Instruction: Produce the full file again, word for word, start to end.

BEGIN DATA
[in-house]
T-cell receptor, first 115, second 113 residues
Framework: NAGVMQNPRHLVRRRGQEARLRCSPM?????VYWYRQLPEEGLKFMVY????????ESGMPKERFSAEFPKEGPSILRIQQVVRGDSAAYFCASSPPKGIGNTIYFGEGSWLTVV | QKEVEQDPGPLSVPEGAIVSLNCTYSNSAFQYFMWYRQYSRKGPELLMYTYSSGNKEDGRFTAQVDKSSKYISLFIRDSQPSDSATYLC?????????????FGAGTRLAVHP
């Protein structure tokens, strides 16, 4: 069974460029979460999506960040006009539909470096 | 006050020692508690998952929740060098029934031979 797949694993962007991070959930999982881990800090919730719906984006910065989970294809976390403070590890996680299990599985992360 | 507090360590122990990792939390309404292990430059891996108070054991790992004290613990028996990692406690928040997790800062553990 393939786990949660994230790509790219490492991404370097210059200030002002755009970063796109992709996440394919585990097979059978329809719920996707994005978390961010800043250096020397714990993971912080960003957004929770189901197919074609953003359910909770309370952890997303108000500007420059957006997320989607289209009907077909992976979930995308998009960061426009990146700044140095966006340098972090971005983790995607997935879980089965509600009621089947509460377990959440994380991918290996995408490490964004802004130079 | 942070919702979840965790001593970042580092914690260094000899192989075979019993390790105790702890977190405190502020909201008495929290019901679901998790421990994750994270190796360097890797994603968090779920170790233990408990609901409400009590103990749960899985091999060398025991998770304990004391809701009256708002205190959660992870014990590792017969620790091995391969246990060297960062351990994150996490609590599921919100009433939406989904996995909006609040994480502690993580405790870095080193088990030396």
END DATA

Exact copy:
[in-house]
T-cell receptor, first 115, second 113 residues
Framework: NAGVMQNPRHLVRRRGQEARLRCSPM?????VYWYRQLPEEGLKFMVY????????ESGMPKERFSAEFPKEGPSILRIQQVVRGDSAAYFCASSPPKGIGNTIYFGEGSWLTVV | QKEVEQDPGPLSVPEGAIVSLNCTYSNSAFQYFMWYRQYSRKGPELLMYTYSSGNKEDGRFTAQVDKSSKYISLFIRDSQPSDSATYLC?????????????FGAGTRLAVHP
């Protein structure tokens, strides 16, 4: 069974460029979460999506960040006009539909470096 | 006050020692508690998952929740060098029934031979 797949694993962007991070959930999982881990800090919730719906984006910065989970294809976390403070590890996680299990599985992360 | 507090360590122990990792939390309404292990430059891996108070054991790992004290613990028996990692406690928040997790800062553990 393939786990949660994230790509790219490492991404370097210059200030002002755009970063796109992709996440394919585990097979059978329809719920996707994005978390961010800043250096020397714990993971912080960003957004929770189901197919074609953003359910909770309370952890997303108000500007420059957006997320989607289209009907077909992976979930995308998009960061426009990146700044140095966006340098972090971005983790995607997935879980089965509600009621089947509460377990959440994380991918290996995408490490964004802004130079 | 942070919702979840965790001593970042580092914690260094000899192989075979019993390790105790702890977190405190502020909201008495929290019901679901998790421990994750994270190796360097890797994603968090779920170790233990408990609901409400009590103990749960899985091999060398025991998770304990004391809701009256708002205190959660992870014990590792017969620790091995391969246990060297960062351990994150996490609590599921919100009433939406989904996995909006609040994480502690993580405790870095080193088990030396």